When the dust settles from the weekend whirlwind, it should be clear that the Court is not on the verge of any dramatic transformation. I do not mean by this observation to dishonor or disparage Chief Justice Rehnquist and his legacy. On the contrary, it is precisely because the nominee to the new vacancy that has developed cannot be markedly better than Rehnquist in his voting record that the transformation that many of us hope for and the Left fears is not around the corner.
Let me explain. Before last weekend, it appeared that Roberts would replace O’Connor. Now Roberts and a nominee-to-be-named-later will replace O’Connor and Rehnquist. If one ignores for vote-counting purposes the irrelevant fact that Roberts will be casting his vote as Chief Justice rather than Associate Justice, and if one makes the reasonable-best-case assumption that the nominee-to-be-named-later will vote by and large as Rehnquist would have, then it should be evident that this past weekend’s developments do not portend any change in the Court’s voting from what we expected last week.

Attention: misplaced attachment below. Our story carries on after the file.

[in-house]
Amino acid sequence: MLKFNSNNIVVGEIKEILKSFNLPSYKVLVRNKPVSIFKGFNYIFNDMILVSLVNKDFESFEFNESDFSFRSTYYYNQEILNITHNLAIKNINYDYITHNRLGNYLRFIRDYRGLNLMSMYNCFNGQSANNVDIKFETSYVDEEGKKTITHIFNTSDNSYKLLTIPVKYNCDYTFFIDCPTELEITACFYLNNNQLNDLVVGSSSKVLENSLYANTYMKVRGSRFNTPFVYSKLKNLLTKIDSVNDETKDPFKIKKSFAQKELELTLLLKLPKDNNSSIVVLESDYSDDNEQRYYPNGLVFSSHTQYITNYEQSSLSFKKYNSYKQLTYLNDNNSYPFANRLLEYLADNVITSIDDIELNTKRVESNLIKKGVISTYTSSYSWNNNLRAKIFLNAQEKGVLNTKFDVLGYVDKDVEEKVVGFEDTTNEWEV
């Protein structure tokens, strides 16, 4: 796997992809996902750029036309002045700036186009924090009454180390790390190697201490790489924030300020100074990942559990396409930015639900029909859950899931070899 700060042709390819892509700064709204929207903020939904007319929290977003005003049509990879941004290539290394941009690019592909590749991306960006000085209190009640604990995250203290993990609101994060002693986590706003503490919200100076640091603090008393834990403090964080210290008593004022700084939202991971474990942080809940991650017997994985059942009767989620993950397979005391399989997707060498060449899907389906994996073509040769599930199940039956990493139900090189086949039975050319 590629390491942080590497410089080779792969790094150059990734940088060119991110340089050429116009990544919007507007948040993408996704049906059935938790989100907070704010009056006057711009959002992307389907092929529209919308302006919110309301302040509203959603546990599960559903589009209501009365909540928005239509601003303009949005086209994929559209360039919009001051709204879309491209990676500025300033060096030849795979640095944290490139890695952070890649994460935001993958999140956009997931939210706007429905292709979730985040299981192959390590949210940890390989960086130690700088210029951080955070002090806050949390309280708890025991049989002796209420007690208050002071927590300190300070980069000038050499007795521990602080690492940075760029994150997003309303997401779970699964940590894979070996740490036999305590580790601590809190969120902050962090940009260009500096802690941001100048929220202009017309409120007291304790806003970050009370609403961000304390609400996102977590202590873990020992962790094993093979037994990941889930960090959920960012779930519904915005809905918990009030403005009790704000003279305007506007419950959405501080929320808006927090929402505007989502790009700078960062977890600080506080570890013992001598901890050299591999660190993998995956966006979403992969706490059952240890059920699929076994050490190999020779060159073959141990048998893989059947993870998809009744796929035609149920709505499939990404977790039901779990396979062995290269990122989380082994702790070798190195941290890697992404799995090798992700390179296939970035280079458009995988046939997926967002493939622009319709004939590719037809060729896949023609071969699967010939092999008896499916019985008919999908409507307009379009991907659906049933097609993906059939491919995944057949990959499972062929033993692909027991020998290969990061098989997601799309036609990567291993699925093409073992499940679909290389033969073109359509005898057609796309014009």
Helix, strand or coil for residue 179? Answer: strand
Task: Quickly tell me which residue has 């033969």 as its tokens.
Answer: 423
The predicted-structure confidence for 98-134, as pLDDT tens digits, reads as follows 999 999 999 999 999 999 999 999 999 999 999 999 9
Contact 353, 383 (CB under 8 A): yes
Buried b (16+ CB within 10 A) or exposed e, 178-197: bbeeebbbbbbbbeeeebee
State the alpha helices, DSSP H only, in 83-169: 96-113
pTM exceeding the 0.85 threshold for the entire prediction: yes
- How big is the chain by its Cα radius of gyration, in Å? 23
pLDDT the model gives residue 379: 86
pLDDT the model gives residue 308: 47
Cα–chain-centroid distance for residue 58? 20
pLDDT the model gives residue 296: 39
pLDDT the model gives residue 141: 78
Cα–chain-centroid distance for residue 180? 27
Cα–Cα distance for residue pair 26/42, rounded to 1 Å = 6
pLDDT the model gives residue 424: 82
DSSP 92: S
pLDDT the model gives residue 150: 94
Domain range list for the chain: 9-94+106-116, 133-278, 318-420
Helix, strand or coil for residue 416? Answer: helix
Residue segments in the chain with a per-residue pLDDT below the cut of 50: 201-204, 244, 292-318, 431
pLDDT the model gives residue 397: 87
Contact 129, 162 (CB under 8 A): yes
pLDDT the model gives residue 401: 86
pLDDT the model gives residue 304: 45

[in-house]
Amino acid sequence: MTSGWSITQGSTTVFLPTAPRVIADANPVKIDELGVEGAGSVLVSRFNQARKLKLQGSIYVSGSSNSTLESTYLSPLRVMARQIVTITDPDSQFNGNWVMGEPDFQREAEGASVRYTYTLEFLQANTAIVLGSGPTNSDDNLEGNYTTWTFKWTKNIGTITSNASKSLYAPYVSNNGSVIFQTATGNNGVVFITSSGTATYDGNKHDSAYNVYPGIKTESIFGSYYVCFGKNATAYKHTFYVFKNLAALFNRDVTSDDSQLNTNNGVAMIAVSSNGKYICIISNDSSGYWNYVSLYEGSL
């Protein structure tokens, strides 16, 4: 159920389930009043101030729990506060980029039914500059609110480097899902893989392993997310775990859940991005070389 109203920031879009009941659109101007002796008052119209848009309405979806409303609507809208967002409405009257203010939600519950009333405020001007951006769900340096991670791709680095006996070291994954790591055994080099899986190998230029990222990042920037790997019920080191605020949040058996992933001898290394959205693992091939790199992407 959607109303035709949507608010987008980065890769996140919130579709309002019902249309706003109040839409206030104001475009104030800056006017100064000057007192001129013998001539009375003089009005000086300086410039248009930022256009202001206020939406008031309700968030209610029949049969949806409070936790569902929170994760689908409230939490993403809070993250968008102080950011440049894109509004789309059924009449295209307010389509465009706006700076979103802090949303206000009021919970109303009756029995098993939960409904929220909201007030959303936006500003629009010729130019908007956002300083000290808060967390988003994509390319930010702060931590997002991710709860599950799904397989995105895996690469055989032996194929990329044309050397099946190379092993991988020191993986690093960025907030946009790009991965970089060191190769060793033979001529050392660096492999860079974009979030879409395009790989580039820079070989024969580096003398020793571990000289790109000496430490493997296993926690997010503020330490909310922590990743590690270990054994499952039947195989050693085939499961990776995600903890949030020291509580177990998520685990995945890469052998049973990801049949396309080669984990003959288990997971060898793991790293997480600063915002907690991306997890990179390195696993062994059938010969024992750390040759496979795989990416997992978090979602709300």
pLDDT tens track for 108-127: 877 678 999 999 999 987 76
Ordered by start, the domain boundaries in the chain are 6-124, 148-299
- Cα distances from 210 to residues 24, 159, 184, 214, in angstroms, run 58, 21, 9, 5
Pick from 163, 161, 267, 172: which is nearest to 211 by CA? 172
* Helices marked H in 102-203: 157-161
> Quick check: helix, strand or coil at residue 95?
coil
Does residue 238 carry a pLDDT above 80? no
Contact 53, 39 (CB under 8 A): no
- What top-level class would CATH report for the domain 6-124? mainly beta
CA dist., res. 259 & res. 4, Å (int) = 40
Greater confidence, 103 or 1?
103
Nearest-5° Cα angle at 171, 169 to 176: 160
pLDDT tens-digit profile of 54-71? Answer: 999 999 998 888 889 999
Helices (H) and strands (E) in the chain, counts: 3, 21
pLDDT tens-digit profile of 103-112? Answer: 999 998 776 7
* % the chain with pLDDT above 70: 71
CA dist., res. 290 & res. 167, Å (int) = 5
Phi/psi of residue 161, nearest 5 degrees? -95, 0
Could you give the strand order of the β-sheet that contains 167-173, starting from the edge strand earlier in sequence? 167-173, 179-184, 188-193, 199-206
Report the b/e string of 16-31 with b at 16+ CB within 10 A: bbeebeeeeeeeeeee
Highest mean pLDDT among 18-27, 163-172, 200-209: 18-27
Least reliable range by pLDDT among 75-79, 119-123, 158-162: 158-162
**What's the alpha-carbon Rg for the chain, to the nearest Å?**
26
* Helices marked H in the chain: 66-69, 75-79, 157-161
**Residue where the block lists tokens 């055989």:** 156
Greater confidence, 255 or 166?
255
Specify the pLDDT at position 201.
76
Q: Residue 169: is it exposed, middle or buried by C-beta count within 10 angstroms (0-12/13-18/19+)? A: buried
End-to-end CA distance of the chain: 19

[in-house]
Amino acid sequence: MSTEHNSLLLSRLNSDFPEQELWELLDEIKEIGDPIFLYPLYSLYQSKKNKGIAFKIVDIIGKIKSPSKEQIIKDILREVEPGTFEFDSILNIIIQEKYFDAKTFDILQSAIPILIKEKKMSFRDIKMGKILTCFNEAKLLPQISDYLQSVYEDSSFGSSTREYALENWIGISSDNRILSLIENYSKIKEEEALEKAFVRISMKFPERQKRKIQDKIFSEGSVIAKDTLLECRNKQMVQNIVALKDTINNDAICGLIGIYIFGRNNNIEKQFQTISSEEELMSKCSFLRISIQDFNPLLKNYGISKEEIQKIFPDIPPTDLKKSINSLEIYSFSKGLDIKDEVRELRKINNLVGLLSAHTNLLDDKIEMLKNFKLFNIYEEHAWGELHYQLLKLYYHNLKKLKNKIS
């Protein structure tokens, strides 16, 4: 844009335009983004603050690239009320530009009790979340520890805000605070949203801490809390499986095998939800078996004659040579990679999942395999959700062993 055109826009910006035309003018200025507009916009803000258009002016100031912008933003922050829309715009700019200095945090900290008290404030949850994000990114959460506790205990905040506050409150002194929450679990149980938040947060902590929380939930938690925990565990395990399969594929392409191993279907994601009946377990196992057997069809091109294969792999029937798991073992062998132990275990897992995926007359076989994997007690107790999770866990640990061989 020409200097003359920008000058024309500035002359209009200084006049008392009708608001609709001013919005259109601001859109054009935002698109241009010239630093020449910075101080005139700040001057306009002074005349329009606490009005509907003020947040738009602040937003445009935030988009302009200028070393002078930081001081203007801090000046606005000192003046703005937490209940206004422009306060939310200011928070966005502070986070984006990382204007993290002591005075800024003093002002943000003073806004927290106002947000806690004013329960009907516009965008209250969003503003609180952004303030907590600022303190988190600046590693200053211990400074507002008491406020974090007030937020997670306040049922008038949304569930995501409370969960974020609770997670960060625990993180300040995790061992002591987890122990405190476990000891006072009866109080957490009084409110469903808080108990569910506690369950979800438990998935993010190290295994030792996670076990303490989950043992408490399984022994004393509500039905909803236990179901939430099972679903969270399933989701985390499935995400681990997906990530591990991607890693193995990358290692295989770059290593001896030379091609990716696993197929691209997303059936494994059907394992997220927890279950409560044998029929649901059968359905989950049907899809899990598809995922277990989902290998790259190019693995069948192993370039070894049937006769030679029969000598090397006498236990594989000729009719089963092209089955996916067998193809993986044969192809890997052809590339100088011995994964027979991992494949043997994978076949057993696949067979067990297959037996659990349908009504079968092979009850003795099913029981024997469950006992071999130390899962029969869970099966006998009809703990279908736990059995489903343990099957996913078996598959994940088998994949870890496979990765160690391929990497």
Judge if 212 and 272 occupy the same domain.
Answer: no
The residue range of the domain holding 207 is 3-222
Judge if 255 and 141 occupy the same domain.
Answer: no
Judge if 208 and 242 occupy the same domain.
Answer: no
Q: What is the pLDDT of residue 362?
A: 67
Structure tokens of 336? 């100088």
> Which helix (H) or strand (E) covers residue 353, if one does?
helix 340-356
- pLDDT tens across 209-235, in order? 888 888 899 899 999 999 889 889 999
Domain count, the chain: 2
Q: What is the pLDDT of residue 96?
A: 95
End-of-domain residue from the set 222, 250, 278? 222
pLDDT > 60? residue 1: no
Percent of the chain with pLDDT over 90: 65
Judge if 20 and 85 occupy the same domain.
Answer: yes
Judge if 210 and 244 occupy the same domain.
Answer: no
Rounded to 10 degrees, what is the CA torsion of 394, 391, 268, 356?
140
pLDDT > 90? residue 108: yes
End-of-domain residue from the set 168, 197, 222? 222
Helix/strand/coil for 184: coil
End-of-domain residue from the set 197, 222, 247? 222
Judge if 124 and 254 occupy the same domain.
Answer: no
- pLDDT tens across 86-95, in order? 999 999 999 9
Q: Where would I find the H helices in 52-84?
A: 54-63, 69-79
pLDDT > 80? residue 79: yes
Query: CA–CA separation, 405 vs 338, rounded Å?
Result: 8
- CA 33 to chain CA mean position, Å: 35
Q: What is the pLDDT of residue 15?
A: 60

Stated somewhat differently, even if Roberts and the next nominee vote like Scalia and Thomas, Kennedy will remain the swing vote on the Court.
Real transformation—building a Court that is faithful to the Constitution and that respects the right of the people to govern themselves through their elected representatives—will come only when Stevens, Kennedy, Souter, Breyer, or Ginsburg is replaced by a proponent of judicial restraint. Of course, the existing vacancies need to be filled properly in order to make that possible.